Sinopharm’s experimental vaccine has reportedly been administered to hundreds of thousands of people in China, and both drugs are now being trialled in countries across Asia, South America and the Middle East.

COVID-19 vaccine landscape (left) and platforms for SARS-CoV-2 vaccine development (right)
The global COVID-19 vaccine landscape (left) and Vaccine platforms used for SARS-CoV-2 vaccine … [+] Springer

Artificial vectors

Another conventional approach in vaccine design is to artificially create a vehicle or ‘vector’ that can deliver specific parts of a virus to the adaptive immune system, which then learns to target those parts and provides protection.

That immunity is achieved by exposing your body to a molecule that prompts the system to generate antibodies, an antigen, which becomes the target of an immune response. SARS-CoV-2 vaccines aim to target the spike protein on the surface of coronavirus particles — the proteins that allows the virus to invade a cell.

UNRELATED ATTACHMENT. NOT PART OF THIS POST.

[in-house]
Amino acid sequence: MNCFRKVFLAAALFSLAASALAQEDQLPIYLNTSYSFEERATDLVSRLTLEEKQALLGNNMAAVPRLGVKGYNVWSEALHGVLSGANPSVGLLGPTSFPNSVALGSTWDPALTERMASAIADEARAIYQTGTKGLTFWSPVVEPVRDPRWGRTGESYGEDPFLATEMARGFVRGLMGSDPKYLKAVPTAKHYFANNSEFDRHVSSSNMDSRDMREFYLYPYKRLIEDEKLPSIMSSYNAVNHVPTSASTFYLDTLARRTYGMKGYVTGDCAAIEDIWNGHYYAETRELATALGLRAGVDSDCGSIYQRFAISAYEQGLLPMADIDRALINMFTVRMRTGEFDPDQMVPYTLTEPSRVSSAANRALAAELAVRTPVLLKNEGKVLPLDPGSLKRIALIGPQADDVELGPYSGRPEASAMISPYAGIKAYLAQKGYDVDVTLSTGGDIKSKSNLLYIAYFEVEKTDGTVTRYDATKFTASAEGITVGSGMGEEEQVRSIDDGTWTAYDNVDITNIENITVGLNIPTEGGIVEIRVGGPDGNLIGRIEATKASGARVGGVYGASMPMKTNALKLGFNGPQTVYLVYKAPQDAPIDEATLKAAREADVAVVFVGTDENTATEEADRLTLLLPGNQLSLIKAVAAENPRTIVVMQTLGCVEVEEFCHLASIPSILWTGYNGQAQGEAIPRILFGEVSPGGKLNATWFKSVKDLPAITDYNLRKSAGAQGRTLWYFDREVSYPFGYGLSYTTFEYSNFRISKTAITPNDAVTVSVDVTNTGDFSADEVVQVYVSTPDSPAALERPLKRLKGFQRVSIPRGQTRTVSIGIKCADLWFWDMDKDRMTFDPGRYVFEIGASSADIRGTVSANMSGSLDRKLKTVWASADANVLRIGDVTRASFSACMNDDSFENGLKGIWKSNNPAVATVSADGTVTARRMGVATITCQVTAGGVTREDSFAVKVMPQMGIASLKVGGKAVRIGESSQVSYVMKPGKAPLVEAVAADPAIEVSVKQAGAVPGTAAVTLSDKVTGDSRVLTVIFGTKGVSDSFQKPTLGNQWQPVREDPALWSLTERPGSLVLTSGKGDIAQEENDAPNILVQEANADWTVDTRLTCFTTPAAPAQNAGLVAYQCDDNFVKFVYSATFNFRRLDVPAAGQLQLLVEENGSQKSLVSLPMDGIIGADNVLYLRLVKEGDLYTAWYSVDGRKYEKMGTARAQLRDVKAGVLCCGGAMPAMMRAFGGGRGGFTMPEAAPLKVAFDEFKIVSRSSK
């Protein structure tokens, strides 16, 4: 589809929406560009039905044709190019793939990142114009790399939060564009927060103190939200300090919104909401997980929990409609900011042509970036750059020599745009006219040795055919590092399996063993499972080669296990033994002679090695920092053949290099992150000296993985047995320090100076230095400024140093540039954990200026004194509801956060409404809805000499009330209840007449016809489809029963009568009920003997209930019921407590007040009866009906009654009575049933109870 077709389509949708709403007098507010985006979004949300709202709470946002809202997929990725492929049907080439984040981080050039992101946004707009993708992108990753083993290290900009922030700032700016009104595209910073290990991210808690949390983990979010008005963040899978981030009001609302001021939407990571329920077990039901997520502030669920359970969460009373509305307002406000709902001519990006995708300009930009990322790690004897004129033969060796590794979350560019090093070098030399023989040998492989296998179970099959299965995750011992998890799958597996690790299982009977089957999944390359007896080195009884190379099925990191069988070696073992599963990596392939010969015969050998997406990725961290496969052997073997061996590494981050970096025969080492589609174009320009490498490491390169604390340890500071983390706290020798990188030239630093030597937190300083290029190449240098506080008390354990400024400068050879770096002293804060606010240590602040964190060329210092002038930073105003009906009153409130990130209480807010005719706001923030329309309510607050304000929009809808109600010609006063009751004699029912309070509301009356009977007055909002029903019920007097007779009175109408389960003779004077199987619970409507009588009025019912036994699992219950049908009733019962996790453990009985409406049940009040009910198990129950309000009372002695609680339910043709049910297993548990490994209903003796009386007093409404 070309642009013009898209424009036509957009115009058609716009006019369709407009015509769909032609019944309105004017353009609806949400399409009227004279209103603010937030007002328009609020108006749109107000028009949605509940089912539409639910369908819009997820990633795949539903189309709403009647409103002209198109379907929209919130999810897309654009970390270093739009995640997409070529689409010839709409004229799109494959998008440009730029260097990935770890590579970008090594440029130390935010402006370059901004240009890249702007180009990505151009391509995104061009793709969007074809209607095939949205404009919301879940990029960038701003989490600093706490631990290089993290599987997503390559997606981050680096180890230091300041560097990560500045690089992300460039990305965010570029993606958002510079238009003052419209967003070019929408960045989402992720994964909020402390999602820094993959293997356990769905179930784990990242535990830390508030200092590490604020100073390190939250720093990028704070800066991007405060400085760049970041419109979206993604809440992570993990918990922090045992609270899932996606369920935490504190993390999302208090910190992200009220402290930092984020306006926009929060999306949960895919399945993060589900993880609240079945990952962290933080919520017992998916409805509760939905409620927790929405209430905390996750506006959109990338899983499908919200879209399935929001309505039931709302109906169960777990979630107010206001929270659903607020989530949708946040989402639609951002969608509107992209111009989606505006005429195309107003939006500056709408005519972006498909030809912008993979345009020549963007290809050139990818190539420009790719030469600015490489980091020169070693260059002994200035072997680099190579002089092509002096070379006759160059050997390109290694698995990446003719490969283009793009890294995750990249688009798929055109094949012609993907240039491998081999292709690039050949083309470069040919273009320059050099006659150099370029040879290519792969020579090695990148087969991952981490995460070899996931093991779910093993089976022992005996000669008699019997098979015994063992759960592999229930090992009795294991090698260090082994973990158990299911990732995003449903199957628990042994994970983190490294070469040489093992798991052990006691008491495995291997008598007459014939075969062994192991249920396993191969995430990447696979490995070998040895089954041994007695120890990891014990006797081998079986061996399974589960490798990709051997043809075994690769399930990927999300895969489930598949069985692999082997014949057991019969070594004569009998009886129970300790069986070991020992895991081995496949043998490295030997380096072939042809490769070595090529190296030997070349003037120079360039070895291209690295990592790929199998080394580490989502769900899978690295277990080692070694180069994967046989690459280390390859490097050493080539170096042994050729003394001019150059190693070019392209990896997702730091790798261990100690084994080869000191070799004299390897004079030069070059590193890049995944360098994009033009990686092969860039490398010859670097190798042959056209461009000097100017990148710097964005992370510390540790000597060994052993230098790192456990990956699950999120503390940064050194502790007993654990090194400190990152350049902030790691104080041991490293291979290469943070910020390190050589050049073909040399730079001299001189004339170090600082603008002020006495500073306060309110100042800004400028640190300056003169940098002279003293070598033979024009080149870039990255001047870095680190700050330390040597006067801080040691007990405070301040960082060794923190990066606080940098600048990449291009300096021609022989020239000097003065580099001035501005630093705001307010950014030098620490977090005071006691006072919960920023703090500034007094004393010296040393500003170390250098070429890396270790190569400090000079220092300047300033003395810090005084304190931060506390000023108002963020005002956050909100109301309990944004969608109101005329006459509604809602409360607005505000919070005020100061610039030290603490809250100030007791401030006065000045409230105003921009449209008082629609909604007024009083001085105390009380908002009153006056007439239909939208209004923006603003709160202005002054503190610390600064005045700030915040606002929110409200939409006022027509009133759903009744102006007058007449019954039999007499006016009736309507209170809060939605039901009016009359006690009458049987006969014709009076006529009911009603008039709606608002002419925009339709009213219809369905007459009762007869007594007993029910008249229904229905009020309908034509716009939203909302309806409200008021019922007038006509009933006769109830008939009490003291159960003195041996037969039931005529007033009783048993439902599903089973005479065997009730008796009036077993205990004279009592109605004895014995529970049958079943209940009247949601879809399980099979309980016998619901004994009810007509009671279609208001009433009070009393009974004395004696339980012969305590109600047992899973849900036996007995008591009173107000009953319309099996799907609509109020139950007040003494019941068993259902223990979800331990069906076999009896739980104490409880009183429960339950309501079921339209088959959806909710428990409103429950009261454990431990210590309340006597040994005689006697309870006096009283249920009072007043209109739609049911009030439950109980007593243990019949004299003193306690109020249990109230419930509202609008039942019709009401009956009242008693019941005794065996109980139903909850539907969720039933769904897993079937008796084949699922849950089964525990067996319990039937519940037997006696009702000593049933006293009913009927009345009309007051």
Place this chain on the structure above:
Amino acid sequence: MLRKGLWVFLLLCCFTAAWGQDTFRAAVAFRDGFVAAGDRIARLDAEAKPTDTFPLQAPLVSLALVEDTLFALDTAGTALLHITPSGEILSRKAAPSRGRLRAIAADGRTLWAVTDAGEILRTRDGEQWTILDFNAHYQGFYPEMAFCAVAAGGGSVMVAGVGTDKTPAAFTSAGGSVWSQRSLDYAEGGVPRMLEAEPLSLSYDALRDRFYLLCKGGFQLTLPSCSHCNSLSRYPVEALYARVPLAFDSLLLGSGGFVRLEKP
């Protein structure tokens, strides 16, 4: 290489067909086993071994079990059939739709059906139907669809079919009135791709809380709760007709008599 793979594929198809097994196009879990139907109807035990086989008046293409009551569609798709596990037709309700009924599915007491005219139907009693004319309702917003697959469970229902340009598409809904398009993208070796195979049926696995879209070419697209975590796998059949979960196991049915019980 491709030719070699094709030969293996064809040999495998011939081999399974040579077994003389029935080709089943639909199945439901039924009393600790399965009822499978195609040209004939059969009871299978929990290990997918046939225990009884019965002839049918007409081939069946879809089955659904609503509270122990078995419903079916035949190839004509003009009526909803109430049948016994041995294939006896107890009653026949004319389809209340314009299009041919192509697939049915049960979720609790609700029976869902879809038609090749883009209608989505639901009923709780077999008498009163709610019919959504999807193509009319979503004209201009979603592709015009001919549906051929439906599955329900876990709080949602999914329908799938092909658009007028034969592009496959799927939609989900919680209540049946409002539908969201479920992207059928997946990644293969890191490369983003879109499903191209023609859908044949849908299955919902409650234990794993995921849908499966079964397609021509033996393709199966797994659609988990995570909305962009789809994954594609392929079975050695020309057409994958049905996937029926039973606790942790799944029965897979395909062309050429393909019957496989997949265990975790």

3. Recombinant viruses

A recombinant virus is a vector that combines the target antigen from one virus with the ‘backbone’ from another — unrelated — virus. For SARS-CoV-2, the most common strategy is to put coronavirus spike proteins on an adenovirus backbone.

Recombinant viruses are a double-edged sword: they behave like live-attenuated viruses, so a recombinant vaccine comes with the potential benefits of provoking a robust response from the immune system but also potential costs from causing an artificial infection that might lead to severe symptoms.